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TO:                  Superintendent of Schools

                        Elementary Principals


FROM:            J. Duke Albanese, Commissioner


DATE:             December 12, 2000


RE:                   Conference/Rollout for Early Literacy Report – A Solid Foundation:  Supportive Contexts for Early Literacy Programs in Maine Schools



On November 21, 2000, the Maine Department of Education released a major new report on early literacy that breaks out of the simplistic national “reading wars” debate by sharing findings from Maine schools with high literacy achievement as well as a model for constant improvement that will make Maine’s top-of-the-nation results even better.  The report, titled A Solid Foundation:  Supportive Contexts for Early Literacy Programs in Maine Schools, provides an opportunity for educators and parents statewide to think critically about effective literacy practices.  


The Department has scheduled a one-day conference to examine the findings on January 22, 2001 from 9:30 – 3:30 at the Augusta Civic Center.  We encourage schools to send teams composed of teachers, literacy specialists, and administrators to participate in a text-based discussion of the characteristics of the contexts that support high literacy achievement and to engage in an interactive examination of questions about literacy practice.


            Unlike other literacy reports that specify particular instructional practices schools should implement to ensure literacy achievement, A Solid Foundation describes a set of inter-related characteristics common to successful early literacy programs in Maine schools as well as the contexts in which the characteristics exist.  Further, the report offers schools a framework for constant improvement by examining their own practices and offers ideas for continued examination of literacy related issues, such as ongoing professional development for educators, opportunities for educators to collaborate, using assessment data to inform instruction, and supporting literacy development during the preschool years.


            A Solid Foundation contains the Early Literacy Work Group’s analysis of Maine schools with high performance in early literacy.  The Work Group’s examination uncovered six common characteristics shared by each of the successful Maine schools selected for in-depth review.  The characteristics that emerged were as follows:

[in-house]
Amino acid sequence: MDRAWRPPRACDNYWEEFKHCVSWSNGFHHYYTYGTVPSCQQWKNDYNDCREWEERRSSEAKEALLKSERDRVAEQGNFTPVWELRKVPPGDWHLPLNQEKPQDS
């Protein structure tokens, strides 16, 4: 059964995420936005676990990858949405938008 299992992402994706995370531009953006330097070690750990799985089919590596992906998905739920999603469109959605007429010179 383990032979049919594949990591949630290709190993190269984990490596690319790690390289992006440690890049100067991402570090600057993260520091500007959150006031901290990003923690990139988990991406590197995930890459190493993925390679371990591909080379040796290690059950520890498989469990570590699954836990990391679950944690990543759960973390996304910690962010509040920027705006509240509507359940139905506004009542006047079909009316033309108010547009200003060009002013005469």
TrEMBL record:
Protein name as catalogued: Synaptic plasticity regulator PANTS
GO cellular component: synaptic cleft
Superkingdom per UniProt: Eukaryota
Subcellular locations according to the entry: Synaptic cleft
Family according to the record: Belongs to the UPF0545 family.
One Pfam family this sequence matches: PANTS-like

1.            Professional development is shared, ongoing, and supported in a number of ways;

            2.            Student performance data are used to improve student achievement;

            3.            School staff work together to find solutions to instructional issues;

            4.            Effective leadership is present, though it can come from people in different roles;

            5.            Parents and community are engaged in multiple ways; and

            6.            Various resources are used to respond to student’s needs.


            Each high-performing school also used a data-driven process to constantly revisit and upgrade the early literacy program being used.  Even though schools started in different places in their search for better literacy practices, common steps for making improvement were evident in each school.  Schools identified a literacy need by examining student achievement data and reviewed research for ideas to address the issue, set goals, then worked collaboratively to achieve those goals, and studies student achievement data for indications of improvement.


            Maine’s report rejects the simplistic debates raging about a singular, preferred, one-size-fits-all strategy for instruction (e.g., whole language vs. phonics).  Instead, the report emphasizes that good teachers of early reading and writing must have a wide and varied repertoire of strategies and interventions that they can tailor to an individual child’s needs.  In addition, the report finds it is critical that early literacy teachers stay current with research on best teaching practices.  Professional development and collaboration are crucial to nurturing and sharing these skills with Maine’s early elementary teachers.


            Maine school reform efforts begin and end with results, not with ideology.  There is no silver bullet for success.  It takes many tools and a lot of hard work.  Maine educators have been working hard for years, and have earned national recognition for their success in teaching reading.  This new report offers a renewed focus and sound model to take Maine students to the next level.  Early literacy is a gateway to further learning. 


            Registration information is attached.  This is one of the decade’s most important conferences.  Do not miss it!!    Click here  Conference Agenda & Registration Form


            Additional copies of the Report can be ordered.  Please call Jaci Holmes or Lee Anne Larsen at 287-3272 until December 22, 2000 or 624-6408 after January 2, 2001 and let them know how many copies you would like for your staff and school board members.